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Studies of H2 uptake by aluminum carbide (Al4C3) using volumetric absorption and elemental combustion analyses and FT-IR

Karol Fijalkowski 1Wojciech Grochala 1,2

1. Warsaw University, Faculty of Chemistry, Pasteura 1, Warszawa 02-093, Poland
2. Interdyscyplinarne Centrum Modelowania Matematycznego i Komputerowego (ICM), Żwirki i Wigury 93, Warszawa 02-089, Poland

Aluminum carbide (Al4C3) is a low atomic mass (144 u) and low density (2.36 g/cm3) compound and its hydrogen absorption ability has not yet been studied. Al4C3 consists of elements which form hydrides of large gravimetric hydrogen capacity: AlH3 (10.1 wt. %) and CH4 (25 wt. %). It was therefore presumed that heterolytic addition of the dihydrogen molecule (H2) to Al4C3 (with the concomitant formation of the Al-H and C-H bonds) might be possible. Thermodynamic analysis of various possible reactions showed that full degradation of Al4C3 to CH4 and AlH3 (or metallic Al) is not thermodynamically privileged.

Here we present our experimental studies on the ability of Al4C3 for the absorption of H2 in a broad range of [p, T] conditions, with or without of the hydrogenation catalysts (Ti, TiH2). Hydrogenations have been carried out at various conditions, from mild (T = 30oC, p = 50 bar) to very aggressive (T = 450oC, p = 100 bar). Doping with catalysts (~10 mol. %) was achieved by high-energy disc-milling (5 min, tungsten carbide mill) under an inert gas atmosphere. Hydrogen uptake has been scrutinized by volumetric absorption and elemental combustion analyses, supplemented by infrared spectroscopy (FT-IR).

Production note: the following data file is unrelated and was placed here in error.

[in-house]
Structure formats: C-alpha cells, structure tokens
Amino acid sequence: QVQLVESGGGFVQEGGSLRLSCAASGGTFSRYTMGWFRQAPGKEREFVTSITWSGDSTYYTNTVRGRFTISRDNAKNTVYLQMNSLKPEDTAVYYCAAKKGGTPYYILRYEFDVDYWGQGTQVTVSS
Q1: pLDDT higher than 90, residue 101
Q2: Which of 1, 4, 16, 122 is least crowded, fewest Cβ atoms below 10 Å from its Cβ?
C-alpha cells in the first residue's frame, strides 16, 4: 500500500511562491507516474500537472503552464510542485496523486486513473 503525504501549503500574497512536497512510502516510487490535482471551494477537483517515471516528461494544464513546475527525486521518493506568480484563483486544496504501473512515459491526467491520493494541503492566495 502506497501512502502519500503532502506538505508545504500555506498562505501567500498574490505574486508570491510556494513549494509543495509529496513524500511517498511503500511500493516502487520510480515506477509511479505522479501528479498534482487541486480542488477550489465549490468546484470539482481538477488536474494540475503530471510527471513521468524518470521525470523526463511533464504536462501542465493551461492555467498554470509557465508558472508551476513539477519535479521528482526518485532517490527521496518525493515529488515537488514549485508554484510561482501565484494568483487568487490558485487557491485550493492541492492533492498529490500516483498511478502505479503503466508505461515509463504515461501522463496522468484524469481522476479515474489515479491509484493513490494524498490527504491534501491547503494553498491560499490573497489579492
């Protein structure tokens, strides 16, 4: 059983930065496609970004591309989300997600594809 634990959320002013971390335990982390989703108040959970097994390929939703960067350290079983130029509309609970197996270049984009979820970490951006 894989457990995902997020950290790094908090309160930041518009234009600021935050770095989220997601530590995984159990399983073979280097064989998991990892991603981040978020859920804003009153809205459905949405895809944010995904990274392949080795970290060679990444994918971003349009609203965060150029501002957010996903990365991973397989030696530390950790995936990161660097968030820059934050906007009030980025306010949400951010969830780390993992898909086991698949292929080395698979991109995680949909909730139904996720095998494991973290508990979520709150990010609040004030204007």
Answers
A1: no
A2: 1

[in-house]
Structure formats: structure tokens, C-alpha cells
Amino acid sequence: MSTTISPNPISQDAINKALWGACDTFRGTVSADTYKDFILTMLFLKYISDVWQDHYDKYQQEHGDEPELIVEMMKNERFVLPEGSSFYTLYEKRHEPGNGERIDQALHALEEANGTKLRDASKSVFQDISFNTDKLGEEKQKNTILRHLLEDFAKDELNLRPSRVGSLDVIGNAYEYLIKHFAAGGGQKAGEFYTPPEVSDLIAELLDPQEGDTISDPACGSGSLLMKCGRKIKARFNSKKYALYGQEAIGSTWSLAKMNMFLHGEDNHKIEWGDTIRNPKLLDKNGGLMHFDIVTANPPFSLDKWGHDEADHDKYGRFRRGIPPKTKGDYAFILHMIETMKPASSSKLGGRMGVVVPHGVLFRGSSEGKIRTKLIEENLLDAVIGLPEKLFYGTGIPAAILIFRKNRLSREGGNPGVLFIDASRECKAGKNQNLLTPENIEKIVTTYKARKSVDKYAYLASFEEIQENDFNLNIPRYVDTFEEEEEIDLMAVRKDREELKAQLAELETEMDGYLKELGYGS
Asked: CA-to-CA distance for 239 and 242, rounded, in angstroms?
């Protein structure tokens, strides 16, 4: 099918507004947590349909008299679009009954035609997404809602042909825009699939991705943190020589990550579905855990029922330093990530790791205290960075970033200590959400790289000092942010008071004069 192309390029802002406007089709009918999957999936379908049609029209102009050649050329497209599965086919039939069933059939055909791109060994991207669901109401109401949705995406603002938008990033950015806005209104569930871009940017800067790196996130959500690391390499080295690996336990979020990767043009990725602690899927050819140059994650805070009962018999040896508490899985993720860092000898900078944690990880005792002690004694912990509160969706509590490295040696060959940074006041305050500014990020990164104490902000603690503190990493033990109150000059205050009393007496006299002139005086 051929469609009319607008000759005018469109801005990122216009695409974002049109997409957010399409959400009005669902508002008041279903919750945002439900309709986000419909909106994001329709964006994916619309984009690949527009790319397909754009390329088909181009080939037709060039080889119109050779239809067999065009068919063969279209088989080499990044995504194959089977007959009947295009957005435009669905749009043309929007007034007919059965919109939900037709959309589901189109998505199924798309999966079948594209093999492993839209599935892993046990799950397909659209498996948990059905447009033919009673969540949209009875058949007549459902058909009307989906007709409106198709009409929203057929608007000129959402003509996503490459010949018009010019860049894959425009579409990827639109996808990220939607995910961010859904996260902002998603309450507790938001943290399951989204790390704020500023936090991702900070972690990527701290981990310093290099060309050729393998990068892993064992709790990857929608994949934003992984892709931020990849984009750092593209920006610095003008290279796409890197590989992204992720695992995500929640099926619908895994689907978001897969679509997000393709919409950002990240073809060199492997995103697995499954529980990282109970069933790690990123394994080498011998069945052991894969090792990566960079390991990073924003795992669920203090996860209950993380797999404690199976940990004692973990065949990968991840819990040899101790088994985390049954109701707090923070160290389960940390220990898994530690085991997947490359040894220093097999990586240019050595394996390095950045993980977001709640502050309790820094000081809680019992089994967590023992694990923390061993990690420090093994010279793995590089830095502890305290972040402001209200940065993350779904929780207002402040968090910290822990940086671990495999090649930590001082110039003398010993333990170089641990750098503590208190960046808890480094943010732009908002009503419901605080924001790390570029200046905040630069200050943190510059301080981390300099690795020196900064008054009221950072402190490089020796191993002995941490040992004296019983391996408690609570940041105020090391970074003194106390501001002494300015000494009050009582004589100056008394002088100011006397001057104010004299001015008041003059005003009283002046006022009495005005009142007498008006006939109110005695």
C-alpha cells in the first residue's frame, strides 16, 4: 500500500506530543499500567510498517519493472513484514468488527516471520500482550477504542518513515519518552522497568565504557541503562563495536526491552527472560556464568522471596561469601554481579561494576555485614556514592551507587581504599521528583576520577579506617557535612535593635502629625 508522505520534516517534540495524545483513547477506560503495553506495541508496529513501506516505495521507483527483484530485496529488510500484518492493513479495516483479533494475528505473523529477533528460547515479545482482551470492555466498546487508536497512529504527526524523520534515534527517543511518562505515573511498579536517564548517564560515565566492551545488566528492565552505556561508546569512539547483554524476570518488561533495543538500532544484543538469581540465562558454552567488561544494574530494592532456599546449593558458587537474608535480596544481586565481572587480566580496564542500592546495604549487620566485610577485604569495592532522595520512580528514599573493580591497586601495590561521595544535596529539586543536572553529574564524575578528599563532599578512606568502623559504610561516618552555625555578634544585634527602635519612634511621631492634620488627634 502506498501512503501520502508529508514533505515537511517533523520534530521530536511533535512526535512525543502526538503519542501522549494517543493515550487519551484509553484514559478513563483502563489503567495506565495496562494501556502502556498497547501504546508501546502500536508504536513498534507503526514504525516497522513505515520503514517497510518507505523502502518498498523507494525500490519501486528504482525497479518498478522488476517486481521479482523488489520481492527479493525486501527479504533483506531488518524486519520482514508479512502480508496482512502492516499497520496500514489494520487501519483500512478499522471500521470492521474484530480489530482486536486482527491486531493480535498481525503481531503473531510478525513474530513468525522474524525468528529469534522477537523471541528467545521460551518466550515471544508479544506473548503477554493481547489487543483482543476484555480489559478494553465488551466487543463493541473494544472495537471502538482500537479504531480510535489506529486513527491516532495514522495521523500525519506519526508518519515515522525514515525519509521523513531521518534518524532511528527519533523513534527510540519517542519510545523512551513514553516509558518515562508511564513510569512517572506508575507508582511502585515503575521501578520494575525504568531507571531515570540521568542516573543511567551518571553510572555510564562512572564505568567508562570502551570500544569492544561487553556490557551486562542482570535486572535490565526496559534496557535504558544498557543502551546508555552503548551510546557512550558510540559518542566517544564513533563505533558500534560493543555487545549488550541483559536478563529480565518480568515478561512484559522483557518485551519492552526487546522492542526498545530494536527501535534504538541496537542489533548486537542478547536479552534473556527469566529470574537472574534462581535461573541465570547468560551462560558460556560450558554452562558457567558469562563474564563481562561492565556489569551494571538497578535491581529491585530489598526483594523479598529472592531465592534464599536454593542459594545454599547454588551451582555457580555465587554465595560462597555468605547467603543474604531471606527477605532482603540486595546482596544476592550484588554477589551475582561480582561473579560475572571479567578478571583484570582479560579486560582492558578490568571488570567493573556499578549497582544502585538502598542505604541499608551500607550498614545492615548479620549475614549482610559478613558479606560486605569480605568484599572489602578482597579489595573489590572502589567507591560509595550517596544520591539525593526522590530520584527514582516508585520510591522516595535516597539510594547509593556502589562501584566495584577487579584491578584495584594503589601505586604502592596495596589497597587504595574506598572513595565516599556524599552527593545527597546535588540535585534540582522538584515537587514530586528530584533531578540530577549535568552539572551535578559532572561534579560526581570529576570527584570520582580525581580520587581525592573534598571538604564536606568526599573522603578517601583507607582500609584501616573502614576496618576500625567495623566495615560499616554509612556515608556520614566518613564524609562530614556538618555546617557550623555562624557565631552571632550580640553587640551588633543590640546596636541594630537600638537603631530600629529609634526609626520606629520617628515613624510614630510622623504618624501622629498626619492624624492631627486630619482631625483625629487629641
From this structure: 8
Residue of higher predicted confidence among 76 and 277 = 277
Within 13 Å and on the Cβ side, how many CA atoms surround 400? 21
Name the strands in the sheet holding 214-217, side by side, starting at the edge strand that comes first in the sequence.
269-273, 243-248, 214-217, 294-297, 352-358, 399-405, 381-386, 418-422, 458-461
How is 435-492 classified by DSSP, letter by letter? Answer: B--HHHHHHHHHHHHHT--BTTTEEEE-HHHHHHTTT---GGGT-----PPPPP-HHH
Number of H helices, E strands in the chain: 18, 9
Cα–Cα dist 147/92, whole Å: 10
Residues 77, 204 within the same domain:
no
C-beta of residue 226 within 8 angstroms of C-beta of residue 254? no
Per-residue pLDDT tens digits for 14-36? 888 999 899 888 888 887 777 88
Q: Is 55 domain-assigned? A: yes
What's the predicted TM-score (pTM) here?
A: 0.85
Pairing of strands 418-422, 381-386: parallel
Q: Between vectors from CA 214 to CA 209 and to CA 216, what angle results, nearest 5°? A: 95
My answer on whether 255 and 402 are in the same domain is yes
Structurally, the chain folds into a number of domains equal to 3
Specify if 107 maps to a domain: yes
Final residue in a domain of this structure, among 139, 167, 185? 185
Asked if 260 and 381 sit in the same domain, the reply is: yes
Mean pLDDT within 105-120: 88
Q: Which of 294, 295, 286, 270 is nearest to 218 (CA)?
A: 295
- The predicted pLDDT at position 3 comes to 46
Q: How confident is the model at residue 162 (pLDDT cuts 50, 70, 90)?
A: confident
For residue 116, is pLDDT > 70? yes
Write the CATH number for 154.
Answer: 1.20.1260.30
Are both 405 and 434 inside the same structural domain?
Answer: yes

None of the samples studied have shown any significant uptake of hydrogen. Elemental analysis suggests that the samples are virtually H-free (method's sensitivity is 0,2 wt. %). IR spectra do not exhibit bands attributable to the Al-H, C-H and Ti-H stretching modes. Ti and TiH2 do not serve as H2-transfer catalysts to Al4C3. Aluminum carbide does not absorb any significant quantities of hydrogen (even under harsh [p, T] conditions) and therefore it could serve as a lightweight protective shield or seal against compressed H2.

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Presentation: Poster at E-MRS Fall Meeting 2007, Symposium D, by Karol Fijalkowski
See On-line Journal of E-MRS Fall Meeting 2007

Submitted: 2007-05-14 12:43
Revised:   2009-06-07 00:44